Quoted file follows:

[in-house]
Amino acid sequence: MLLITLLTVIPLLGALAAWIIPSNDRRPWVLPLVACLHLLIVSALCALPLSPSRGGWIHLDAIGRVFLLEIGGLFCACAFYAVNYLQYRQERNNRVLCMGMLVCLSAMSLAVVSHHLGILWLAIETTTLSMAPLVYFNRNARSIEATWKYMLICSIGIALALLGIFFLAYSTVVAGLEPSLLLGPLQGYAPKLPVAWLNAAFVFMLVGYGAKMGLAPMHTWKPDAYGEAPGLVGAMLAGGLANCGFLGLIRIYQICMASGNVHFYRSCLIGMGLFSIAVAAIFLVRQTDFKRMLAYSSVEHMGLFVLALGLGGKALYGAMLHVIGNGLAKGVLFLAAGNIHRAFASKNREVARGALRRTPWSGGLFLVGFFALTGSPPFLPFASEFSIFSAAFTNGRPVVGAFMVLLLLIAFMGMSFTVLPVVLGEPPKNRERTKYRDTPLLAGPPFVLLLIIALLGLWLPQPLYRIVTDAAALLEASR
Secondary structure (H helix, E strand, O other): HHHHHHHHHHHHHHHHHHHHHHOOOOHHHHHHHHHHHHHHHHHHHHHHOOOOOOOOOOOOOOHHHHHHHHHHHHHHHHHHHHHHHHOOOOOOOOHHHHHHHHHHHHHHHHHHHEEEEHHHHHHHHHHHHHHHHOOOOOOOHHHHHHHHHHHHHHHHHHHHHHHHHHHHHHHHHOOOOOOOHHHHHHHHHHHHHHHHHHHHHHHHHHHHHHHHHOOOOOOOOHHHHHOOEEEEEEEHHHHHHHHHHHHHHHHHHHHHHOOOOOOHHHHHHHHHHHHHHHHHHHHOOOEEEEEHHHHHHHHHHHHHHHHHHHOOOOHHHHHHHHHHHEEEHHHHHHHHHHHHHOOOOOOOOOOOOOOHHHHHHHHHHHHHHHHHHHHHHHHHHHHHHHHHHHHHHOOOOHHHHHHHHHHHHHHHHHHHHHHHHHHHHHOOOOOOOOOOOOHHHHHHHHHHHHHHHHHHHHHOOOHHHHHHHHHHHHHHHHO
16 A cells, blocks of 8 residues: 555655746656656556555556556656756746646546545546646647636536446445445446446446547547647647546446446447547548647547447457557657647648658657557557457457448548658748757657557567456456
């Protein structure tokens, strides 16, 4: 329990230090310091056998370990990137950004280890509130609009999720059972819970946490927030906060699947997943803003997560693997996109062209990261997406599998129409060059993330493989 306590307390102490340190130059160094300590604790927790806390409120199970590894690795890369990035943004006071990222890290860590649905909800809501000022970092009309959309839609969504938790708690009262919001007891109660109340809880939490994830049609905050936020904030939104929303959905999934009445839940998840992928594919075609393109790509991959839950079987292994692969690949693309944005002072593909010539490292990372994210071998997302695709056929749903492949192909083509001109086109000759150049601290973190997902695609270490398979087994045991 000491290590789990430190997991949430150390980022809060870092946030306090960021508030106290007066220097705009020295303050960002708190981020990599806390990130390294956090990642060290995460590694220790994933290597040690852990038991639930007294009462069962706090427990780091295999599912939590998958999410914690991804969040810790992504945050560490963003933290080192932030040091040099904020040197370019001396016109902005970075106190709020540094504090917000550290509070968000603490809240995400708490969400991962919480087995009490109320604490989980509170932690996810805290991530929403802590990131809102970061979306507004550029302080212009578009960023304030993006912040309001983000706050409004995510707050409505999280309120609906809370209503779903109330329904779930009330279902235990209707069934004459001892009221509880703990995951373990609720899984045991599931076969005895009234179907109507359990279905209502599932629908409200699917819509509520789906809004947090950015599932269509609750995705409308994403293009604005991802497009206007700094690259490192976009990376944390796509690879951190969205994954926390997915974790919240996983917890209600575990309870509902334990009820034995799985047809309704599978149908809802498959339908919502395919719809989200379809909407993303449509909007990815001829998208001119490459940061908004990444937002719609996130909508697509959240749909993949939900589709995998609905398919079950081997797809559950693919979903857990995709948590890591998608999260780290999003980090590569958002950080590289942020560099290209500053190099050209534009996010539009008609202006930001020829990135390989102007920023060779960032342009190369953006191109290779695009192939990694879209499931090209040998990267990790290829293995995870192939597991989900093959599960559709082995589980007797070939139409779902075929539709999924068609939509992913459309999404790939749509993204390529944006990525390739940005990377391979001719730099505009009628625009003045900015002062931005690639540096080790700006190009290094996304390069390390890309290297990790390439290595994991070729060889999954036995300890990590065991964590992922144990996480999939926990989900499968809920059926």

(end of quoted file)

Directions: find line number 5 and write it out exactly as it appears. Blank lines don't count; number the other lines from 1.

């Protein structure tokens, strides 16, 4: 329990230090310091056998370990990137950004280890509130609009999720059972819970946490927030906060699947997943803003997560693997996109062209990261997406599998129409060059993330493989 306590307390102490340190130059160094300590604790927790806390409120199970590894690795890369990035943004006071990222890290860590649905909800809501000022970092009309959309839609969504938790708690009262919001007891109660109340809880939490994830049609905050936020904030939104929303959905999934009445839940998840992928594919075609393109790509991959839950079987292994692969690949693309944005002072593909010539490292990372994210071998997302695709056929749903492949192909083509001109086109000759150049601290973190997902695609270490398979087994045991 000491290590789990430190997991949430150390980022809060870092946030306090960021508030106290007066220097705009020295303050960002708190981020990599806390990130390294956090990642060290995460590694220790994933290597040690852990038991639930007294009462069962706090427990780091295999599912939590998958999410914690991804969040810790992504945050560490963003933290080192932030040091040099904020040197370019001396016109902005970075106190709020540094504090917000550290509070968000603490809240995400708490969400991962919480087995009490109320604490989980509170932690996810805290991530929403802590990131809102970061979306507004550029302080212009578009960023304030993006912040309001983000706050409004995510707050409505999280309120609906809370209503779903109330329904779930009330279902235990209707069934004459001892009221509880703990995951373990609720899984045991599931076969005895009234179907109507359990279905209502599932629908409200699917819509509520789906809004947090950015599932269509609750995705409308994403293009604005991802497009206007700094690259490192976009990376944390796509690879951190969205994954926390997915974790919240996983917890209600575990309870509902334990009820034995799985047809309704599978149908809802498959339908919502395919719809989200379809909407993303449509909007990815001829998208001119490459940061908004990444937002719609996130909508697509959240749909993949939900589709995998609905398919079950081997797809559950693919979903857990995709948590890591998608999260780290999003980090590569958002950080590289942020560099290209500053190099050209534009996010539009008609202006930001020829990135390989102007920023060779960032342009190369953006191109290779695009192939990694879209499931090209040998990267990790290829293995995870192939597991989900093959599960559709082995589980007797070939139409779902075929539709999924068609939509992913459309999404790939749509993204390529944006990525390739940005990377391979001719730099505009009628625009003045900015002062931005690639540096080790700006190009290094996304390069390390890309290297990790390439290595994991070729060889999954036995300890990590065991964590992922144990996480999939926990989900499968809920059926």